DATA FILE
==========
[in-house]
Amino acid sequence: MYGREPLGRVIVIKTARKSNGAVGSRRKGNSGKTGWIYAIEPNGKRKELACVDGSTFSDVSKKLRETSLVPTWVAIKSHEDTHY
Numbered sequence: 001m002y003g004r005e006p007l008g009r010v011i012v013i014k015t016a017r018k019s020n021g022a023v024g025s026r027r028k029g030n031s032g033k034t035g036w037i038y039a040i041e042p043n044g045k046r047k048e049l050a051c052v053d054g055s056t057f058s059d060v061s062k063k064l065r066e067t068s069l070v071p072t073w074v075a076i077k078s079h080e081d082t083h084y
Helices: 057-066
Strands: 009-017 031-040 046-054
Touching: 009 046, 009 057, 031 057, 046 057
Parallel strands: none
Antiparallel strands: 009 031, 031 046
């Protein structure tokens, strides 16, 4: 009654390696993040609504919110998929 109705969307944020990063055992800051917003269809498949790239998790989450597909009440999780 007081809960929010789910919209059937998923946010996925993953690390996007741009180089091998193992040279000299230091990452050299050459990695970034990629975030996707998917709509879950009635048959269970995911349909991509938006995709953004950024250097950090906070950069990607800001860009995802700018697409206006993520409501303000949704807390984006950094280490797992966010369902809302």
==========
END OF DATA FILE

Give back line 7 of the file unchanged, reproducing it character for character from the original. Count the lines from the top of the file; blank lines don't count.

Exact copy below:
Parallel strands: none